1. Athanor UNITED STATES Google Chrome Windows says:

    HP-28. I know, not near as popular as the 48’s, but I liked it. Infinite (well, big) stack, RPN, awesome.

    I had some TI-55 calcs, both the original (LED display, yeay!) and the version 3 (thin, lcd, programs didn’t loop on their own, yuck).

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  2. Phil UNITED STATES Mozilla Firefox Windows says:

    I had and used a TI-89 all throughout High School. I loved it. Then I went to College, put it in the back pocket of my backpack, walked through a rainstorm, and the thing died. Ugh. And since it was $200 to replace it and I was a poor college student, I resorted to some other TI scientific calculator. It may have made me better at math actually, since I had to do some grunt work.

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  3. Rob UNITED STATES Google Chrome Windows Terminalist says:

    I was a TI-85 user myself. I guess every high school was a little different. Now I’ve got a TI-85 emulator on my Droid X: http://www.supware.net/android/andy-85/. Although it doesn’t appear to be available in the Android Marketplace anymore.

    Also I’ve been a happy Speedcrunch user since you recommended it a while ago. Now it’s one of the first programs I install when I fire up a fresh install of Windows or Linux.

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  4. IceBrain PORTUGAL Mozilla Firefox Linux Terminalist says:

    I was also a TI-86 user in high school, although I didn’t own it (the school provided them on request), so I couldn’t try writing programs in Assembly. TI-Basic is nice, but it’s rather slow.

    Nowadays I either use the RPN module I wrote for my WM, which can calculate basic operations, or WolframAlpha for more complex stuff, where I can actually calculate “sqrt(6 * pi * (earth diameter))” ;)

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  5. jambarama UNITED STATES Mozilla Firefox Windows Terminalist says:

    TI-86, luxury! I was lucky enough to have a TI-83, which was great. Now for calculation I use the following tools, in order of sophistication & flexibility: HP 10S, excel, wolfram’s alpha, and maxima (free open source maple clone).

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  6. Chris UNITED STATES Mozilla Firefox Ubuntu Linux Terminalist says:

    My favorite calculator would be the Emacs calculator (M-x calc), which has been part of Emacs for a few years now.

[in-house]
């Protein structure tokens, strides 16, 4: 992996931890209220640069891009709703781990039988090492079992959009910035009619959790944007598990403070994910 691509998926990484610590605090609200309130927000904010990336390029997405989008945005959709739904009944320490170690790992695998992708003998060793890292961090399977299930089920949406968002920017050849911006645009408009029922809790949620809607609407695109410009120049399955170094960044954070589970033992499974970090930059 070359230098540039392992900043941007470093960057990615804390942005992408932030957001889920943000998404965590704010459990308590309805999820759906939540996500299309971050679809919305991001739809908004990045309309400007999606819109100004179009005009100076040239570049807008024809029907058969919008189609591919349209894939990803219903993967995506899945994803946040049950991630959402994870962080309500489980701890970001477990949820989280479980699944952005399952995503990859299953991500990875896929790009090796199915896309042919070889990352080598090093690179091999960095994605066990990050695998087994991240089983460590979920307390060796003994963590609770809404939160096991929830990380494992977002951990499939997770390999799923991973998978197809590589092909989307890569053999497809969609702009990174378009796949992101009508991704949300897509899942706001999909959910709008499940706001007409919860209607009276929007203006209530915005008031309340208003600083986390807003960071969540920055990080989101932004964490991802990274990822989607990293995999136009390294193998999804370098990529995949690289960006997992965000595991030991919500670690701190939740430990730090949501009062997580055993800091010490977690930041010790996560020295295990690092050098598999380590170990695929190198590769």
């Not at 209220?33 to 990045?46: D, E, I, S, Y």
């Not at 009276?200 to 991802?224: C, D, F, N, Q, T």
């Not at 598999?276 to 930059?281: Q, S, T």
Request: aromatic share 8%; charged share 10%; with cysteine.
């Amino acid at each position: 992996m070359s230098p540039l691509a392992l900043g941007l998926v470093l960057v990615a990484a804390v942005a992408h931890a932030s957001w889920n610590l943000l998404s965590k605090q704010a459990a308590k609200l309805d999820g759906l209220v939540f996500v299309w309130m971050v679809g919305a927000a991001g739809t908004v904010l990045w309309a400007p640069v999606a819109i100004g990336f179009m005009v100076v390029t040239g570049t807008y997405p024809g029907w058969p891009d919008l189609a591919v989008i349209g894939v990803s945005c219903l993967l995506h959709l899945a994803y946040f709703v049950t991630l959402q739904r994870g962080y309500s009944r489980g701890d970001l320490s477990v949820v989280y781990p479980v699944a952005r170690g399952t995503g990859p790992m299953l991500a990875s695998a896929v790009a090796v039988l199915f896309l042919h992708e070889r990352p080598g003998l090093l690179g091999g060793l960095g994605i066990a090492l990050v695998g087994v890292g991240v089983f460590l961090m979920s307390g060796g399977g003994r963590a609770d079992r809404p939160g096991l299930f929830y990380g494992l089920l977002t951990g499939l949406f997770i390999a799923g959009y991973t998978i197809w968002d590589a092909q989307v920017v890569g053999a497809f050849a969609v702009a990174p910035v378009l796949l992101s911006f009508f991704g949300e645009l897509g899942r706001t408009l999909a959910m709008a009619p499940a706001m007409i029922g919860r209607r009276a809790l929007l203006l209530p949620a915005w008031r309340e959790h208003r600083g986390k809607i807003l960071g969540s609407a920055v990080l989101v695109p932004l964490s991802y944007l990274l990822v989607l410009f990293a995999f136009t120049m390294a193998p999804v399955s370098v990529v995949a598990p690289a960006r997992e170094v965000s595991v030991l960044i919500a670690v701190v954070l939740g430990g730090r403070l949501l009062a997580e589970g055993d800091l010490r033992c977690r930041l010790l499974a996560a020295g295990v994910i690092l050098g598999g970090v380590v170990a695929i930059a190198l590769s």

It’s really a computer algebra system, including calculus capabilities. It’s stack based, but algebraic expressions can be entered, and pushed onto the stack. It has arbitrary precision, it’s programmable, and it knows all about units so it can convert between them easily as needed. If you have gnuplot installed it can generate plots. It directly supports operations on vectors, matrices, dates, HMS, ranges, ratios, and complex numbers.

    There’s a lot packed into that thing. I use it at work every week.

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  7. rev UNITED STATES Google Chrome Windows says:

    i started using RPN in college and never looked back. i still have my HP 32S and 42S and i even had that beast HP 48S but i sold it. as far as software goes, i really like calc98. for the iphone i use RPN Calc

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  8. Nathan UNITED STATES Mozilla Firefox Windows says:

    I’m a big fan of Calc. It works on the command line or in interactive mode.

    [nathanb@nathanb-box ~] calc 1+1
    2
    [nathanb@nathanb-box ~] calc 45*3
    135
    [nathanb@nathanb-box ~] calc “sqrt(9)”
    3

    I used a TI-83 through college, but I’m a bit disappointed that with all the advances in computing and electronics, handheld graphing calculators still cost a bomb and suck. Seriously, I paid less for my touchscreen Android phone than I did for my calculator.

    (Ref: http://xkcd.com/768/)

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  9. MrJones GERMANY Mozilla Firefox Windows says:

    You either stole the pics from the interweb or dont seem to know the power of Alt+CptScr ;)

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  10. Eric Google Chrome Windows says:

    When I was in highschool they did not allow calculators.

    The software calculator that is included with windows has multiple modes but is not really designed for people who are into math. It is designed for the average person who just needs to do a quick calculation and hates math.

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  11. Luke Maciak UNITED STATES Mozilla Firefox Linux Terminalist says:

    @ Athanor:

    One of my CS professors had one of those. It was sort of a running joke – each semester he would find some excuse to lend it to an unsuspecting, clueless student and watch him squirm. :)

    @ Phil:

    Wow, that sucks. I remember these things to be freakishly expensive.

    @ Rob:

    Nice. Glad I could help. Btw, I found some TI calc emulators of the iPhone but none of them are free.

    @ IceBrain:

    Heh! Good old Wolfram. I forget it can do stuff like that.

    Is it worth buying the iPhone app for $2?

    @ jambarama:

    Most of my friends had TI-83’s. I decided to buy the slightly newer version because I had no clue which one I needed. The downside was that we could not share games. The upside was that mine had more features. Everyone actually wanted to borrow it for the tests because it had the automatic solvers and etc…

    @ Chris:

    Emacs == Operating System. :P

    @ rev:

    I never really caught the RPN bug. I mean, I see it’s benefits – I just never actually used it. Well, other than my occasional dabbling with Lisp.

    @ Nathan:

    There is also the good old bc.

    Also, very true – why the hell are the TI calculators still so expensive? It’s crazy!